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Why are REITs falling and will they recover?

REITs stocks are sharply falling, one would call it a free fall. Even famous, strong and gigantic companies such as Annaly Capital Management is down by 4.2%, American Capital Agency by 3.8%, and ARMOUR Residential (ARR) by 4.4%. What does it mean for you if you hold those stocks?

A tough year for mREITs
Let’s begin with the fact that it’s been a tough year for mREITs in general. As the Federal Reserve has sought to drive down long-term interest rates via quantitative easing, the interest rate spread that these funds rely on to make money has contracted. Since the third quarter of last year, Annaly’s went from 2.08% down to 1.02% today, and American Capital’s from 2.14% down to 1.42%.

It follows that the compression of interest rates has obligated these companies to decrease their lucrative dividends payouts. Over the last 12 months, Annaly’s quarterly payout went from $0.60 a share down to $0.50, and American Capital’s from $1.40 a share to $1.25. And this, in turn, has put downward pressure on many of these companies’ stock prices.

What’s an income investor to do?
While many analysts and commentators have been anticipating a downward move in mREIT stock prices, that is no consolation to investors currently holding shares in the likes of Annaly, American Capital, or Armour Residential. To those shareholders, I say it’s my opinion that the market is overreacting to general trends that we’ve seen coming for some time now. Investors should avoid the allure of trading stocks on the heels of information like this. What investors should do instead is educate themselves further about the companies they own.

Personally I am sitting tight since I believe this is an overreaction of the market and those companies will recover. More to that I will be purchasing more shares as soon as this free fall ends or I will spot a sign of the end and strength. Many investors will be attracted by nice yield which in case of ARR is now breaking 16%. What a great yield on cost when buying now.

Source: The Motley Fool





8 responses to “Why are REITs falling and will they recover?”

  1. Terry says:

    Thank you for the insight into REIT stock. I have several, LADR, NRO, and AGNC. I bought more NRO on the freefall, as, like you said, I am invested in the long haul. Quality REIT will recover.

  2. sher says:

    have a widely diversified REIT portfolio and am see a selloff across the board in excess of the market dip. wondering on the ability of the REIT sector to sustain their level of payout. Have bought more holding in the past couple of days just to see them crash further.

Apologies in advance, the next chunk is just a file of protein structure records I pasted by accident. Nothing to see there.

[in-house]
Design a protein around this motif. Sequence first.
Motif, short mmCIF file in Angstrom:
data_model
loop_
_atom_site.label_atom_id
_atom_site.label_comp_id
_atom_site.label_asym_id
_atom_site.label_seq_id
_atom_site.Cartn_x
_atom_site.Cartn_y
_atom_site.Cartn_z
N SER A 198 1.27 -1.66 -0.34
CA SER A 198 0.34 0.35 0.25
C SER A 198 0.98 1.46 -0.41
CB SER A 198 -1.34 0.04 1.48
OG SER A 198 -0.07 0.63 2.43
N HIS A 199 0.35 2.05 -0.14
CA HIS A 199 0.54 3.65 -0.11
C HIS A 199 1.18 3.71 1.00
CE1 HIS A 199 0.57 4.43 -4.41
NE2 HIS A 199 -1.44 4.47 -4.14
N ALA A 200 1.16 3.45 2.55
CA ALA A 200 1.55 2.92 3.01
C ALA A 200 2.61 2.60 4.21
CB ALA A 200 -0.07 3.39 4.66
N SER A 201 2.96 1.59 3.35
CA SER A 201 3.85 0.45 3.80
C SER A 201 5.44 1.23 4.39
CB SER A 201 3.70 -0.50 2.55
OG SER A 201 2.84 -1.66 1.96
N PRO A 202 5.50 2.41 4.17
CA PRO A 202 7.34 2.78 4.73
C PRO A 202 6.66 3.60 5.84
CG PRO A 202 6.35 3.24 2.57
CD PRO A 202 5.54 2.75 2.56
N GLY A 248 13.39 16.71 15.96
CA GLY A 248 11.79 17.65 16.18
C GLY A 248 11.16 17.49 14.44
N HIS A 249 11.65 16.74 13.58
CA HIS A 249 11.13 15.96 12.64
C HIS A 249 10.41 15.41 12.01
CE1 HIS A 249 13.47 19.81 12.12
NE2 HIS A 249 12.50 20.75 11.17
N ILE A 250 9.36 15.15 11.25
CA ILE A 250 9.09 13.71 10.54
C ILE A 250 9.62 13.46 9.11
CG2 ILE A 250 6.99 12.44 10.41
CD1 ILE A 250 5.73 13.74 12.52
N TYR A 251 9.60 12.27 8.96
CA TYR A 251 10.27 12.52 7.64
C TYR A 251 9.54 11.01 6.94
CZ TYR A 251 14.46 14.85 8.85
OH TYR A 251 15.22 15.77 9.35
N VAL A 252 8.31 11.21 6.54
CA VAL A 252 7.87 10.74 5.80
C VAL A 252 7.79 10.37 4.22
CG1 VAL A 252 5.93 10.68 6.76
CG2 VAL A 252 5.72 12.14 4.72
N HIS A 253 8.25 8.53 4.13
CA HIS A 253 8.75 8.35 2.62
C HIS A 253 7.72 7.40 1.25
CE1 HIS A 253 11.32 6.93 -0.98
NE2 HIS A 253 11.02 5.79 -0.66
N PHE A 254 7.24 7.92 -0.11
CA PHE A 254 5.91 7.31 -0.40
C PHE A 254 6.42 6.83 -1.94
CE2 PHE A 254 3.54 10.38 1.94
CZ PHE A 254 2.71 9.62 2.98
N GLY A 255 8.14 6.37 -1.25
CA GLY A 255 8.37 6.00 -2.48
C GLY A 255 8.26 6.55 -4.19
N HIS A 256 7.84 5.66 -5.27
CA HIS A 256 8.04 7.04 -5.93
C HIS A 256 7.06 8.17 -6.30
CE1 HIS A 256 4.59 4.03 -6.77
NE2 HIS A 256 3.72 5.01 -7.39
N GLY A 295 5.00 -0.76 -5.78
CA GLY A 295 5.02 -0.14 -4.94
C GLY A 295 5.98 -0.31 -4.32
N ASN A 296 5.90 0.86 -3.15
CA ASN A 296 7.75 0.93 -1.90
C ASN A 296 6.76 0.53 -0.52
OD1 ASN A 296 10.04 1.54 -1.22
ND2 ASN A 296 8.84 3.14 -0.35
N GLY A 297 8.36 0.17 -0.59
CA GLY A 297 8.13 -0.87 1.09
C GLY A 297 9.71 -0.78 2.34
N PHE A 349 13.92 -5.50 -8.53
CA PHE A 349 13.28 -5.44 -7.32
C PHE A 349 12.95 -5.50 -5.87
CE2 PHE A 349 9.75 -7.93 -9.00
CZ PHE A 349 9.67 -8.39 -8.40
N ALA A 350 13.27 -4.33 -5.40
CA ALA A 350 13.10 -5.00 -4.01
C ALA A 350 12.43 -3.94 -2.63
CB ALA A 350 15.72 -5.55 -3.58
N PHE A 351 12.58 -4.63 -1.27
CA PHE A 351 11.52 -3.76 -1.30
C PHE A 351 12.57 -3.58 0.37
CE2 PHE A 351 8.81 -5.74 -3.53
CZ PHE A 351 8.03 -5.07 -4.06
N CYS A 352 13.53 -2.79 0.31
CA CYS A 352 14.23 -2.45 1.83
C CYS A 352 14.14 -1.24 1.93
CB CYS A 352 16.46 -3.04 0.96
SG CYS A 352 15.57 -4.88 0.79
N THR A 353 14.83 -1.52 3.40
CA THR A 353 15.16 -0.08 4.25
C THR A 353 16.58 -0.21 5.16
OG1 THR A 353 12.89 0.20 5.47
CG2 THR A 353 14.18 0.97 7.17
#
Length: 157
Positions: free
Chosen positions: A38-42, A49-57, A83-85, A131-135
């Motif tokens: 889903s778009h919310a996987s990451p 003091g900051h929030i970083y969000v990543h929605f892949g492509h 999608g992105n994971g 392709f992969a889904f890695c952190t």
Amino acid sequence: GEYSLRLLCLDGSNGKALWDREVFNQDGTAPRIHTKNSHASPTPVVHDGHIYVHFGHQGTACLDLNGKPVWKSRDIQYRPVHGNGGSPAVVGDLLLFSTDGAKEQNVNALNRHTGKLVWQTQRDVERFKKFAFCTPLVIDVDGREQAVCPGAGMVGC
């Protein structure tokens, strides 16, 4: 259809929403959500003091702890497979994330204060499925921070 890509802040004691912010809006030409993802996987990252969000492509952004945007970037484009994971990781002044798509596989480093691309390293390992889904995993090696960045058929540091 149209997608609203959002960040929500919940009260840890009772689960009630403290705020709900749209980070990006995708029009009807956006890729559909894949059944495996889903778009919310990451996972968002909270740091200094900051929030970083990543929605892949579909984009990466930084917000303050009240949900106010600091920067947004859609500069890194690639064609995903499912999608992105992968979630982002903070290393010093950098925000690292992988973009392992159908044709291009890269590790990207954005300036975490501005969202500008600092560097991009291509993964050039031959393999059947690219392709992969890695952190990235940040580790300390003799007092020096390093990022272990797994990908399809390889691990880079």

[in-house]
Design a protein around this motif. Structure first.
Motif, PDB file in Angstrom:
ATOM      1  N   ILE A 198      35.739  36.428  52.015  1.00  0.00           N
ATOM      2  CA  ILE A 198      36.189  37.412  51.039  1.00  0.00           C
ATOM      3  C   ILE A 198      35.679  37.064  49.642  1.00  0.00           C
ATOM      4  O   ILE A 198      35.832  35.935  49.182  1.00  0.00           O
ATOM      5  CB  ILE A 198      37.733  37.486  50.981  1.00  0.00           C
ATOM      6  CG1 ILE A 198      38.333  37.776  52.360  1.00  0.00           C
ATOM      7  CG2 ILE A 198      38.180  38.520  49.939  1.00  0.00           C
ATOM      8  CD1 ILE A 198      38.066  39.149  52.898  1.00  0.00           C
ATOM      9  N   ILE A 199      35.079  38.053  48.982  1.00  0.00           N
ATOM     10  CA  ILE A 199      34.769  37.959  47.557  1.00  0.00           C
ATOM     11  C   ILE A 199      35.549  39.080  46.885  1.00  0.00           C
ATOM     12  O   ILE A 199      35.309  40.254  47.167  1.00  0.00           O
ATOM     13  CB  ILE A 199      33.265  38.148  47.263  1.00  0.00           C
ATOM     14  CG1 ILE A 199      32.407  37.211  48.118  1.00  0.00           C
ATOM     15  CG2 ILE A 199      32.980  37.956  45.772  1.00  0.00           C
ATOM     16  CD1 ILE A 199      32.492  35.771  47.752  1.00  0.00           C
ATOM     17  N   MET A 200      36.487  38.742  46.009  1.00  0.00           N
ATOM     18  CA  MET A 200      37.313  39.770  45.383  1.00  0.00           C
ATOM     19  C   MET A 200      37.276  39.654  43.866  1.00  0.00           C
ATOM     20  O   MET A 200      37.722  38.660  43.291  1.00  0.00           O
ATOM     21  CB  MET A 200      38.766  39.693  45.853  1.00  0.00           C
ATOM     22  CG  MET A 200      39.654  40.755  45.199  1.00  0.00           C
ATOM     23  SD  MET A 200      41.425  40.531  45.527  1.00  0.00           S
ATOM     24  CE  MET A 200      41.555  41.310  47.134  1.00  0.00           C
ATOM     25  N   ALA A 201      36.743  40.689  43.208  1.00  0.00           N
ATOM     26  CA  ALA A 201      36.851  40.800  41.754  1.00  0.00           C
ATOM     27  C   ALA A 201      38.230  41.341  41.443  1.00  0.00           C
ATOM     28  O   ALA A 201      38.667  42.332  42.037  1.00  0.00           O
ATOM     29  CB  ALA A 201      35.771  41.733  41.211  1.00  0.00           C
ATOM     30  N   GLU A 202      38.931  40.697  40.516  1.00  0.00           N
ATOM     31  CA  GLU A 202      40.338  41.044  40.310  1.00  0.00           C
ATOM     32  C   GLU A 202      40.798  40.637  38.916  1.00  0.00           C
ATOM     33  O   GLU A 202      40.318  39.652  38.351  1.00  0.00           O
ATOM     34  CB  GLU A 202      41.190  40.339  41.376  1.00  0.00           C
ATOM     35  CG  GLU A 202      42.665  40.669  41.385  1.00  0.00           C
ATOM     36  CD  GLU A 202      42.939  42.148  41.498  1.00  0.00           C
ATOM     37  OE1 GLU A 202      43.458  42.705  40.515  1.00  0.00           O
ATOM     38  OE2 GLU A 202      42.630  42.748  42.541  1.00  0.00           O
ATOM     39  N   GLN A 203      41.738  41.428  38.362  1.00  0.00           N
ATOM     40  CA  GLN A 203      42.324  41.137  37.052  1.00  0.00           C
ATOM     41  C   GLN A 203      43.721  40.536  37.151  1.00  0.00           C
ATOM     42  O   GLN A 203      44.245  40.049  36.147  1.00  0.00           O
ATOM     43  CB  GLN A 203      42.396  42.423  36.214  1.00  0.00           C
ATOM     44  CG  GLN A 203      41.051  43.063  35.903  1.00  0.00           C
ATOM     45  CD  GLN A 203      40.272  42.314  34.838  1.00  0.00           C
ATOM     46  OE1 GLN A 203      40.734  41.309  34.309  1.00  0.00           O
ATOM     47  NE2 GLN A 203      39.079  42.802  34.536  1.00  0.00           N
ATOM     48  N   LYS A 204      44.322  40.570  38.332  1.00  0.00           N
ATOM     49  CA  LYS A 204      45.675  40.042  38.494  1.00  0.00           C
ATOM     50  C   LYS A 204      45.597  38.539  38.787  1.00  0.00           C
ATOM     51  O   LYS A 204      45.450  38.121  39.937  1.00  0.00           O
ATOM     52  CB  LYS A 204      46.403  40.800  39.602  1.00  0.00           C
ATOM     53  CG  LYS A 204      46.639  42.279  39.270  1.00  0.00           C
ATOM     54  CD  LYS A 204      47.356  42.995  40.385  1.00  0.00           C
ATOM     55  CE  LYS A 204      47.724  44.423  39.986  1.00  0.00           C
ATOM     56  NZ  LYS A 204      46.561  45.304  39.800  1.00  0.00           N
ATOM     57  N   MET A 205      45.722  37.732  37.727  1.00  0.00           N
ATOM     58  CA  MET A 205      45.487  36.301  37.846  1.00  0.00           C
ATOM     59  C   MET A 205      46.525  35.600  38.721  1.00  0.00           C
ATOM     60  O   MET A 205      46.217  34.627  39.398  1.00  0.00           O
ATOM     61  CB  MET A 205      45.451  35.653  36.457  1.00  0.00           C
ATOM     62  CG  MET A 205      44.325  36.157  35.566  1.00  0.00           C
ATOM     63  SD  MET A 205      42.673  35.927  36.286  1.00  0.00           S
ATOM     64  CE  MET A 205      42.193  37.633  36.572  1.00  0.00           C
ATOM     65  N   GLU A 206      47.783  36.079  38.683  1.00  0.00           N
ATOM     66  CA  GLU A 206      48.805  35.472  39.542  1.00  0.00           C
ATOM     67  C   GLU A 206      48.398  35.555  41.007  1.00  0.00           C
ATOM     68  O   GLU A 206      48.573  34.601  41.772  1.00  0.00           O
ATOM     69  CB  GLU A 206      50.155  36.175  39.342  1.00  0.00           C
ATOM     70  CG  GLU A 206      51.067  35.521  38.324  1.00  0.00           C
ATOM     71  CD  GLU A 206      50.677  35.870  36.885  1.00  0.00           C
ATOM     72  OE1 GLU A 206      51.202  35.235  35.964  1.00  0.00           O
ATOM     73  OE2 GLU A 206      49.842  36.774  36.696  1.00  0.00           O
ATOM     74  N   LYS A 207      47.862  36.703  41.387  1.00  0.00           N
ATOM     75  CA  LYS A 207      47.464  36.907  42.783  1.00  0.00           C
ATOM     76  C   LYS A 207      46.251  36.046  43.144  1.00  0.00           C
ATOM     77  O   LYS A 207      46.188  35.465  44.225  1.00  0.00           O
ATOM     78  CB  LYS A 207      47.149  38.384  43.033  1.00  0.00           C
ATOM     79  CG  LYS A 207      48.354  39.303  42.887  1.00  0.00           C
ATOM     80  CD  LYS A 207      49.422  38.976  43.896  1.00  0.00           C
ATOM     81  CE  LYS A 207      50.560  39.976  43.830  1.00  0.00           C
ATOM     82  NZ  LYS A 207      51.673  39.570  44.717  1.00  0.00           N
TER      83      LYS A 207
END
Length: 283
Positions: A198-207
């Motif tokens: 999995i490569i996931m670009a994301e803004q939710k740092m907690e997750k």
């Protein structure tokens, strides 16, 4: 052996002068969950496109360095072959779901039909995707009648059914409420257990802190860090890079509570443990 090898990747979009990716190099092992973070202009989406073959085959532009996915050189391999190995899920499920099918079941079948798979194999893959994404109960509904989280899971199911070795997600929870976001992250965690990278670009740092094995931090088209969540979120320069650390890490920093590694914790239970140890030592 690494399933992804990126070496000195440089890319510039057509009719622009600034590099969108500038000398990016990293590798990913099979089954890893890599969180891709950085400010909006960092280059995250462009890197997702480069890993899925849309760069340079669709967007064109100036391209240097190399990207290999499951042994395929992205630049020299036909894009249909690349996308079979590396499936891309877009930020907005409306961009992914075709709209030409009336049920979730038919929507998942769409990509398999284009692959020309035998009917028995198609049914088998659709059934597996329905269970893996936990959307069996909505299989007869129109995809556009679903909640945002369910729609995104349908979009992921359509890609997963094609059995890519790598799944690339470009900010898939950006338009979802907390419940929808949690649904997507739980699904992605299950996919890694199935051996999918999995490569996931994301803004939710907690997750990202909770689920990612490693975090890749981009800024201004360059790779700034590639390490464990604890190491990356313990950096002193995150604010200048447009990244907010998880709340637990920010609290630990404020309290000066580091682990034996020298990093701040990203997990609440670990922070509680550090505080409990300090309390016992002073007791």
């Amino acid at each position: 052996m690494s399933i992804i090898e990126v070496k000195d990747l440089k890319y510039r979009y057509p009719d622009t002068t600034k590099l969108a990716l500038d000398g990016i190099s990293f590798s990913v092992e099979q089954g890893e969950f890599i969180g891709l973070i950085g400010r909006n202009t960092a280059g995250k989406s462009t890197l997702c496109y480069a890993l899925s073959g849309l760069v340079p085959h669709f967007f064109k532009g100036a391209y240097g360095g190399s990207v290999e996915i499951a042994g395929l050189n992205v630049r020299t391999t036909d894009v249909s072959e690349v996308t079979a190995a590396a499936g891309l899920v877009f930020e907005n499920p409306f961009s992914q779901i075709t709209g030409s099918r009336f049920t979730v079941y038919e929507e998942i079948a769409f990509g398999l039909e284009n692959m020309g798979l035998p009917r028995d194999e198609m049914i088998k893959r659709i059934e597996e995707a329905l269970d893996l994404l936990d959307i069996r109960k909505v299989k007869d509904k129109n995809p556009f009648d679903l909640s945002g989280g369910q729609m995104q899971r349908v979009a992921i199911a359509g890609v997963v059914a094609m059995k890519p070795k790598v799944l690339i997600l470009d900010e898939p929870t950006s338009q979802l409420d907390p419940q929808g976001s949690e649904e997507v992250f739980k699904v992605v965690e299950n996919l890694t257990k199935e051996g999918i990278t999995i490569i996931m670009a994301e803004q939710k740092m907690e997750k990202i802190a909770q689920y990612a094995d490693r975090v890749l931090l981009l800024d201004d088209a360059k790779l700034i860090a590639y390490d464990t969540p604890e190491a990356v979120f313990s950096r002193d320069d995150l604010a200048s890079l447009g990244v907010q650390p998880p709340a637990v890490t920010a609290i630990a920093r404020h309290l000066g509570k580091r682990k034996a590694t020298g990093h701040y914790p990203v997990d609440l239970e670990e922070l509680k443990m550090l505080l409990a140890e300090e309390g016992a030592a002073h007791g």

what is your thoughts on the sustainability of the payouts

    • Martin says:

      REITs can see a danger due to many people shopping online and stores closing. A lot of commercial REITs struggle with this phenomena as thei struggle with occupancy rate. A good example is SKT REIT (Tanger Factory Outlet Centers, Inc.) which dropped hard and I am afraid that unless people change their shopping behavior and start visiting brick mortar stores again, some REITs will go belly up.

  3. sadly me says:

    I have been doing some buying after a 40% drop in market value only to see a further dip. hopefully the dividend stream will be sustainable on most of my REITS. Some of which I decided to DRIP during this crazy period

    • Martin says:

      If you are investing with long term outlook, not just for the next quarter, then you will be fine even after further drop. But, the only important rule is to pick high quality dividend stocks. Among REITs there isn’t many though. As of now, I would trust Realty Income(O) only.

  4. John says:

    I have been holding my REIT and MLP positions pretty steady. The average of my REIT holdings are a 5.6% yield and so far this year (as of 11/3/2019) I am up about 12% not including the money skimmed from selling covered call options. In my taxable account I tend to buy back those positions which are about to be called, this gives me a tax deduction which ends up usually about a 5-8% loss versus selling and having to pay 25% on a gain in taxes and of course hold on to a now more valuable stock. I use the losses to cover gains in condor options. One of my favorites for those is Priceline now BKNG.

    In my untaxed accounts I will generally let them run their course unless I see an opportunity to slip out with a profit.

  5. Sandra ineson says:

    Today is 1/25/18. Please tell me what is your outlook on arr and agnc. They are my retirement income. Please send me an answer!! Sandra ineson. [email protected] yahoo.com

  6. Donal Duck says:

    Rational reply that I (have to?) share. Thanks.

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